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Everything posted by Cairns

  1. Famous fixed gear! Who?

    Who indeed?
  2. Hope you've got your things together. Hope you are quite prepared to die.
  3. 15yo 8c OS

    In the early 90s I climbed with a guy who had a crazy idea that it would be easier for a sport climber become an alpinist than vice versa. He did sport 13s then Yosemite walls then American Direct (Dru) and Cerro Torre. It isn't about nationality.
  4. Awesome and Inspiring Thread...

    Could be you refer to Dave Slinger but he skiied winters in Aspen. He was an onion farmer who made money in pea futures and took up climbing at 46. He had his own little black book in which he recorded the sequences of climbs. Last I heard, in the 1980s, he could still climb 5.10 but had trouble recalling his name. It is good to acknowledge and respect longevity. It is less defensible to make comparisons, though I see the rc.com thread did take that direction. Along with adding your age to your years in the game (the way pension plans do!) you should crudely integrate the area under the curve of your technical rockclimbing career. Time x grade. The biggest penis is the one having the most fun. Then consider the difference between shooting for the top versus staying in the game. The strategies don't exclude each other but if you peak early it's downhill after that. If you take it easy you can get better every year until your actual performance meets your ideal best on its way down with age. Then there is a small poof and you disappear.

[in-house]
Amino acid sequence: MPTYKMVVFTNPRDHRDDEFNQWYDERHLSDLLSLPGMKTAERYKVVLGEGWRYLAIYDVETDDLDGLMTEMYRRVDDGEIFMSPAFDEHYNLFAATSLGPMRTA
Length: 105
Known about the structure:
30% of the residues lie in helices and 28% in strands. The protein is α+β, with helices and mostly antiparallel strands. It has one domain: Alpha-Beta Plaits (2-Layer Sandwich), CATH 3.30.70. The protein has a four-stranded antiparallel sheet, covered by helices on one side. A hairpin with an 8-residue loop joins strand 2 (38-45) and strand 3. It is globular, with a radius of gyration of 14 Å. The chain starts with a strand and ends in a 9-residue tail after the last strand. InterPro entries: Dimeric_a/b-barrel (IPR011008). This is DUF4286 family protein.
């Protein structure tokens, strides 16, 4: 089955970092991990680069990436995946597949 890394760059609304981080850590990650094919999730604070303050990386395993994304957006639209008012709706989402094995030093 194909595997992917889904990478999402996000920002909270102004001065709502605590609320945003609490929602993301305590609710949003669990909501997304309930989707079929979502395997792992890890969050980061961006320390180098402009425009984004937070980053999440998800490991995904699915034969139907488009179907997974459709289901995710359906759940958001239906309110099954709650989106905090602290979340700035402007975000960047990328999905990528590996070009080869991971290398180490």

5. Great Drinking Songs

    just for lyrics: Oh, I've been a rock climber for many a year, I spent all my money on whiskey and gear I'll go to the Hollow to set up my still If the whiskey don't get me, a heart attack will sorta Bob Dylan
  6. My ultimate dream is being unsatisfied...help!!